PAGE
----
Home Improvement Expert Danny Lipford

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How to Install Laminate Flooring on a Concrete Slab


I’m installing a floating laminate floor on a concrete slab. Do I need to be concerned about moisture? -Gerald

Hi Gerald,

Excessive moisture is definitely a concern with laminate flooring on any subfloor, but particularly when installing it on a concrete slab. Before installing laminate flooring on a concrete slab, test the concrete first to be sure it’s dry enough:

  • A new concrete slab should have cured for a minimum of 30 days before installing any type of flooring, including laminate.
  • Before installing laminate flooring on a new or existing concrete slab, test the slab with a moisture meter to be sure it has no more than a 4.5% moisture reading.
  • Another (less accurate) way to test the moisture in a concrete slab is by taping an 18” x 18” piece of plastic to the concrete on all four sides, then allow the plastic to remain in place for 48 to 72 hours. If there is moisture under the plastic or it feels damp underneath, the slab has too high a moisture content to install a laminate floor.

If the concrete slab is dry enough to install laminate flooring:

  • Read and follow all instructions that came with your laminate flooring.
  • Fill in any low spots in the slab with floor patch compound and allow the compound to set.
  • Cover the concrete floor with a sheet of 6 mil plastic to act as a vapor barrier.
  • Lay foam sheeting on top of the plastic, if recommended by the maker of your laminate flooring.
  • Place the laminate flooring cartons in the room and allow the flooring to acclimate to the humidity in the room for 2-4 days before installing.
  • When installing the flooring, leave a 1/4” gap on all sides of the laminate floor to allow for expansion.

Good luck with your project,


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6 Comments on “How to Install Laminate Flooring on a Concrete Slab”

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  1. david murphy Says:
    December 27th, 2011 at 6:49 pm

    concrete slab is in the livingroom and dinningroom in the dinning area at one side of the wall you can see that the slab floor has drop down from the molding 1/2 inch //some one told me that would get a contracter to drill holes and they pump concrete in the holes to rise the floor ????? why dont i just put some quick dry down my self

  2. Ann Tillman Says:
    August 10th, 2014 at 11:47 pm

    We have a home that is built on a concrete slab and we have vinyl laminate flooring. Our builder didn’t put down a vapor barrier, only the rolled out foam sheeting. We have buckling on our floors now. The builder says it’s because of my husbands wheelchair. I think it’s because of the underlayment. Who’s correct?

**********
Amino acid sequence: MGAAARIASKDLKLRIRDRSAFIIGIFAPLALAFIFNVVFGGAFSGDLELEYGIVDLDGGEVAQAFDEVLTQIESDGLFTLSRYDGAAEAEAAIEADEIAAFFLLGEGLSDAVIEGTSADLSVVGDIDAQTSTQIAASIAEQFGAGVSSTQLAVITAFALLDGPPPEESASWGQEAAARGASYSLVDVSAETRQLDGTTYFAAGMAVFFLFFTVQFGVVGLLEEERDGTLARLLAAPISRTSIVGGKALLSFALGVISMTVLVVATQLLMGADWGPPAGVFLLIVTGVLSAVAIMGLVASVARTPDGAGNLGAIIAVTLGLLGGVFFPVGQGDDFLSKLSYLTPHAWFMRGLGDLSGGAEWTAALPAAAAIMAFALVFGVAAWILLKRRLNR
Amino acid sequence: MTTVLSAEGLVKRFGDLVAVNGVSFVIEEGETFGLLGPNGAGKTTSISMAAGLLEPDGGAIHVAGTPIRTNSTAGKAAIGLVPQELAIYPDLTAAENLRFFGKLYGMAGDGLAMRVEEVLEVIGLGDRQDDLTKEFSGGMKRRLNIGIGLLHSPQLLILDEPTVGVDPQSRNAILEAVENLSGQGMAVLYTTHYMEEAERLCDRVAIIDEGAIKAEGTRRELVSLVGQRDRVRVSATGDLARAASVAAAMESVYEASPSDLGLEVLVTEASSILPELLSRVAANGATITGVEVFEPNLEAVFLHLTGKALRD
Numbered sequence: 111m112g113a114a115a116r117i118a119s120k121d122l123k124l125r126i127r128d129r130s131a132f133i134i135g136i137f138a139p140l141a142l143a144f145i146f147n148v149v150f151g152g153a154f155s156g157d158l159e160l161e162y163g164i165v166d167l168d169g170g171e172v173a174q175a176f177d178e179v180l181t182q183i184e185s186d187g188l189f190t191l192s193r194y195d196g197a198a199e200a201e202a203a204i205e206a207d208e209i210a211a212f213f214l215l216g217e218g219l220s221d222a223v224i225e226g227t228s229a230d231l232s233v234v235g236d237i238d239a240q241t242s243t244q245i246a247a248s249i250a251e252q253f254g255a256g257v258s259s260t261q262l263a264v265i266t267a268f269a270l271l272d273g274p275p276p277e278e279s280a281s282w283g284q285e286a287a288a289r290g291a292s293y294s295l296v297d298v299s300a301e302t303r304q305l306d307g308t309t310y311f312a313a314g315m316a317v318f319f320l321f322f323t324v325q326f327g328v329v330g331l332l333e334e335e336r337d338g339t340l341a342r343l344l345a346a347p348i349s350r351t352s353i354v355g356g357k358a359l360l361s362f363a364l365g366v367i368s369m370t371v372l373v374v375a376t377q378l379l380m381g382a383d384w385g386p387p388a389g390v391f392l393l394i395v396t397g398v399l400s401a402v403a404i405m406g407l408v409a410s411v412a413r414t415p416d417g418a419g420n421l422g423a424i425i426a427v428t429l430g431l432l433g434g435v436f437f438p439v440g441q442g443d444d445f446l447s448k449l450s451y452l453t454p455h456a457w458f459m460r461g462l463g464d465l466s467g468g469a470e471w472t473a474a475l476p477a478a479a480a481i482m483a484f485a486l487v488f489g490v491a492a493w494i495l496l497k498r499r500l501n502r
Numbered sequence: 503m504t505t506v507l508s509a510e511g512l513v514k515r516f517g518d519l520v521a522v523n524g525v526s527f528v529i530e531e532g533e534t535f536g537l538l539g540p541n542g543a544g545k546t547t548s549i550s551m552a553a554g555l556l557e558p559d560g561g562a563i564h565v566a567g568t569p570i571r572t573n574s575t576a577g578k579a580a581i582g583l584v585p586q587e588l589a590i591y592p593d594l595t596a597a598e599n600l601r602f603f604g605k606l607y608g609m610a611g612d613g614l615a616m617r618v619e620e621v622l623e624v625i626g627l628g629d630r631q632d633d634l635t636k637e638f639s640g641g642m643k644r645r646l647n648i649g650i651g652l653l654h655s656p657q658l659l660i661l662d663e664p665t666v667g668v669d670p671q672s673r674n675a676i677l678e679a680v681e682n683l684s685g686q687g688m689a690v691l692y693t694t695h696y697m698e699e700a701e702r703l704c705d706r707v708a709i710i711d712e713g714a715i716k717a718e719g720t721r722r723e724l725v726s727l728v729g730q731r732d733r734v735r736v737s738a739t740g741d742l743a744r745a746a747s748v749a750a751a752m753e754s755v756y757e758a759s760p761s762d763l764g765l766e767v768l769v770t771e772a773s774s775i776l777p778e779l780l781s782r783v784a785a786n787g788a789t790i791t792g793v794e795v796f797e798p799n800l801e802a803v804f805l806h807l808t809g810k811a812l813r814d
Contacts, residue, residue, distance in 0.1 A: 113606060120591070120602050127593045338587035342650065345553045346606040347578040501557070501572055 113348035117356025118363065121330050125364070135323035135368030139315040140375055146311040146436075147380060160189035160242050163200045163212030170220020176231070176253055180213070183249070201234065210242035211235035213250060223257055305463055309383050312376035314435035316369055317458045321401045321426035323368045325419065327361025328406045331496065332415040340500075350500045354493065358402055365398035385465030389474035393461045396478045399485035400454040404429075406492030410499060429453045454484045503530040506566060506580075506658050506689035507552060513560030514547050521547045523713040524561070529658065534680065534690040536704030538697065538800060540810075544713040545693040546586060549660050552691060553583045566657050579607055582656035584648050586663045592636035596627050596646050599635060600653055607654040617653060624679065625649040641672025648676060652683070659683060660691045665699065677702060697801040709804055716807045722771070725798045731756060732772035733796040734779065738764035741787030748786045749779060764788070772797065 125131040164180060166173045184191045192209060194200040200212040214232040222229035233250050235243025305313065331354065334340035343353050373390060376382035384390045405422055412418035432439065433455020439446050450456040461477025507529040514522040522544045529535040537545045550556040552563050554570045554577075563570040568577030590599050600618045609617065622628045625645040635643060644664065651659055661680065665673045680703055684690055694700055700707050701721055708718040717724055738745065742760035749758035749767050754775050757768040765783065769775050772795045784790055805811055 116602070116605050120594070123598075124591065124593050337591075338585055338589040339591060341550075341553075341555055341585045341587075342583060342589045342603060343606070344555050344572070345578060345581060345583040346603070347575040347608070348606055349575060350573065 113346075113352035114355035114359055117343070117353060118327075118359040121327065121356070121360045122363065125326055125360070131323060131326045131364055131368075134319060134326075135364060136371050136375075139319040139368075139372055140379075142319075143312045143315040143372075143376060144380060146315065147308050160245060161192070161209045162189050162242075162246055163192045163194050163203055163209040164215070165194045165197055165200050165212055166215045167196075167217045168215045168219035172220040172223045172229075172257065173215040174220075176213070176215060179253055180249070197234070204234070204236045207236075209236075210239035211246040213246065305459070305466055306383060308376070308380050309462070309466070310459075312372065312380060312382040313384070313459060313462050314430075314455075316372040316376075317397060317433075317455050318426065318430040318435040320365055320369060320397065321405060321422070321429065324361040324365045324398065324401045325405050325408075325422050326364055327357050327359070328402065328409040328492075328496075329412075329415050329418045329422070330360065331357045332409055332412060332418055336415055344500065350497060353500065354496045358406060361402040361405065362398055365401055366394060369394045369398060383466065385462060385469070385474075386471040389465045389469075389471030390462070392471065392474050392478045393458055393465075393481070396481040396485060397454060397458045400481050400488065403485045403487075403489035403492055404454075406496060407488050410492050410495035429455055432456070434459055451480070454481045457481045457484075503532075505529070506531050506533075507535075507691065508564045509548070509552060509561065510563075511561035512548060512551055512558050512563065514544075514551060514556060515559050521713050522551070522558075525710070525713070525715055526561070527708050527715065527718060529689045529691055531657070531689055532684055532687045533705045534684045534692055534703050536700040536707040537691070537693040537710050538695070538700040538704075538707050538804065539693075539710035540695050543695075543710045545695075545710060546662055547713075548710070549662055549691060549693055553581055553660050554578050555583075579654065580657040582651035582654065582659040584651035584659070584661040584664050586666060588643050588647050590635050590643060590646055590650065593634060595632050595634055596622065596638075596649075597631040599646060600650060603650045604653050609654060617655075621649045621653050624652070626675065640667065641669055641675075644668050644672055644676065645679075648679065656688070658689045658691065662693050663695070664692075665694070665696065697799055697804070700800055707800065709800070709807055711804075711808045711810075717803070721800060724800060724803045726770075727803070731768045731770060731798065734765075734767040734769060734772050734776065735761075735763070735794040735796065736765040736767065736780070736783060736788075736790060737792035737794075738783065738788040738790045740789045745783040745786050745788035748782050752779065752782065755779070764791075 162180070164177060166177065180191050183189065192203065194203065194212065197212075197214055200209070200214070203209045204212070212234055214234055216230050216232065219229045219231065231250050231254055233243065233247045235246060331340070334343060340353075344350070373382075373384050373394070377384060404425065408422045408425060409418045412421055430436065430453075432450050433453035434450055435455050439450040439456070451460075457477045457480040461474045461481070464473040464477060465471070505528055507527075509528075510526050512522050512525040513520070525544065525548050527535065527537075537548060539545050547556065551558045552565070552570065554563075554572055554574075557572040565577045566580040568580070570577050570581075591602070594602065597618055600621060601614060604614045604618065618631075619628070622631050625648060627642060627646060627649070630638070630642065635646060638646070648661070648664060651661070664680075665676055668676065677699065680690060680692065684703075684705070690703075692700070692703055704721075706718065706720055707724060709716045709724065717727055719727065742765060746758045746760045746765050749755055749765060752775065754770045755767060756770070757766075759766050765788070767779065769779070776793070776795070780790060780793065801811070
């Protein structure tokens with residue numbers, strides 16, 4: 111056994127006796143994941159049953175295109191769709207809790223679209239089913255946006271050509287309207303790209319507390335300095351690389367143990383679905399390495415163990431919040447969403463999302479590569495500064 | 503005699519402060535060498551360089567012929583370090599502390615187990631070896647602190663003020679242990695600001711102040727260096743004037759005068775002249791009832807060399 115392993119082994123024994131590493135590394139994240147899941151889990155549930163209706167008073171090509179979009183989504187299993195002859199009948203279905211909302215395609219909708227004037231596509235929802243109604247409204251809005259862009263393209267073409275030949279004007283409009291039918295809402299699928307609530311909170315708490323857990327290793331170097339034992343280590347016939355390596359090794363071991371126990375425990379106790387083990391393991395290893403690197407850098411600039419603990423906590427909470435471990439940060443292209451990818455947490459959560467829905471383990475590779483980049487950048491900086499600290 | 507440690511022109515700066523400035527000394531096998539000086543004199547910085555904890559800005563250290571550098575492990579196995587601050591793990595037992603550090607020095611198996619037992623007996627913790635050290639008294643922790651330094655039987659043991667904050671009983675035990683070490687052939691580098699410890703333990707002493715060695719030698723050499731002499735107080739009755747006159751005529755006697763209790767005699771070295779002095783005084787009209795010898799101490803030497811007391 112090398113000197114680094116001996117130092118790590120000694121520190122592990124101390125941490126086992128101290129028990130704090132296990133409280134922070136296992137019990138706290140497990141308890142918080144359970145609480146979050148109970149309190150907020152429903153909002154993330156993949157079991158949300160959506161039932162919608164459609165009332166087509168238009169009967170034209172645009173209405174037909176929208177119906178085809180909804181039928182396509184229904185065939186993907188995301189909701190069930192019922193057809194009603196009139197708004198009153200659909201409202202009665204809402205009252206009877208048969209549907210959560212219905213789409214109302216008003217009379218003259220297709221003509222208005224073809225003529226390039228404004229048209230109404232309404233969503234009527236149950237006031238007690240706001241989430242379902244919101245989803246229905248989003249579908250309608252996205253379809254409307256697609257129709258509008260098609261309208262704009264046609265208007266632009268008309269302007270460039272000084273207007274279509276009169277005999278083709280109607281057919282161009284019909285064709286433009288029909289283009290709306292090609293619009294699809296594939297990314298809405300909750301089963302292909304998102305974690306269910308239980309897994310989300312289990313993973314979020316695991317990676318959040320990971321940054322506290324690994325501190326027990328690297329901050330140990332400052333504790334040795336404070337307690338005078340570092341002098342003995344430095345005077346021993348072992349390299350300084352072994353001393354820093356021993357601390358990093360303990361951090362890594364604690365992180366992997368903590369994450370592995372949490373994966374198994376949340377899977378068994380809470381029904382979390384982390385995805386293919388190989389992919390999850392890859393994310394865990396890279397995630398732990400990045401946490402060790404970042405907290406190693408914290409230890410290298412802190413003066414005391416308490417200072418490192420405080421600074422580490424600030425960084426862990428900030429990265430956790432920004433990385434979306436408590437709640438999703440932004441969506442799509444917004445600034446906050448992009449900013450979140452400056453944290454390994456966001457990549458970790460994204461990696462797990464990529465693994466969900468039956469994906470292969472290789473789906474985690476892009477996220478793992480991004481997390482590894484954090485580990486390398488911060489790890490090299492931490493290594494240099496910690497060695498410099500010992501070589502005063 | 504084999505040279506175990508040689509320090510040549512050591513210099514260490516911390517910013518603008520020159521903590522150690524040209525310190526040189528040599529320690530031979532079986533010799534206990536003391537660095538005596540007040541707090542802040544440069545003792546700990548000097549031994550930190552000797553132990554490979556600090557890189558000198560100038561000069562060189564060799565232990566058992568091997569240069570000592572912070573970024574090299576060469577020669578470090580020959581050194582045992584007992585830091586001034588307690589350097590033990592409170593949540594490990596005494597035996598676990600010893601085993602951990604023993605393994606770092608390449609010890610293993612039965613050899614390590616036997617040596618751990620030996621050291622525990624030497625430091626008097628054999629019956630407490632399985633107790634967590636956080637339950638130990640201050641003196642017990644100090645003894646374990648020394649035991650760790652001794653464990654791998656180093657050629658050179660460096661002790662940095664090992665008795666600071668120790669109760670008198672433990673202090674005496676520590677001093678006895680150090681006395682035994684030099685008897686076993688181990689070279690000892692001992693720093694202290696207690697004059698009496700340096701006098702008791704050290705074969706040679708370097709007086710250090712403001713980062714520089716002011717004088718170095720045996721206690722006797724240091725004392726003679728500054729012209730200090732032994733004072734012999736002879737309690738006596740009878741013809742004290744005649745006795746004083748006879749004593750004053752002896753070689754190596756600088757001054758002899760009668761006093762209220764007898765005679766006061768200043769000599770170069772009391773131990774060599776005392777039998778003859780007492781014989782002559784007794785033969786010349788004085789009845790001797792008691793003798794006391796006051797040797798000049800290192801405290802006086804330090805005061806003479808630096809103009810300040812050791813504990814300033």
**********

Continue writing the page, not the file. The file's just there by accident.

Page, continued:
3. William Aguirre Says:
    November 10th, 2014 at 11:35 am

    I removed tile from a concrete slab. the surface is not smooth, but is leveled. big holes were patched, small holes were left untouched. Do I still need to use a self leveling mix to make a very smooth surface before installing laminate floor??, or, can I use it as-is??

  4. Miles Says:
    December 7th, 2014 at 12:26 pm

    I have a concrete floor that does have too much moisture content. I have installed a dehumidifier to help with it. If I put down thick plastic, can I install laminate or the vinyl floating floor?

  5. Charles Oldendorf Says:
    February 11th, 2015 at 4:41 pm

    Concrete is very picky , as a roofer and water proofer for 52 years concrete can be dry in one season and damp or wet in another , concrete seeps some water , enough to damage wood , Seal floors with concrete primer and a more durable coating over the top if theres a moisture problem ( only when concrete is dry ) this will take care of most moisture problems after that follow manufactures recommendations as to applying product , glue down , use there compatible glue , the wrong glue could be very costly , solid hard wood ( use lath strips ) it allows a space for moisture vapors to escapes and leaving a 1/2 , 3/4 in gap around outside edge ! Moisture will wreck any wood in time !

  6. Debra Hogan Says:
    February 14th, 2015 at 4:35 am

    “Creaking Laminate”? We purchased 10mm laminate and had it professionally installed by a Home Improvement Store contractor. They tested the floor for moisture and said we did not need the barrier. We purchased the best pad for sound and were told it had a moisture barrier on the bottom. Laminate was acclimated to room, space left around perimeter,leveling done with concrete in low areas. It has been a month and the floor is creaky almost everywhere. The product was rated Medium Commercial traffic. We had the installer and an independent inspector come and they said it was the product. It has high ratings online and no complaints of noise. They put the laminate on top of our tile and it produced the same noise. We have it in all living areas and they will move furniture and repeat the process. I am fearful to get another laminate. It is extremely stressful to think of repeating this process. What do you think is the cause?

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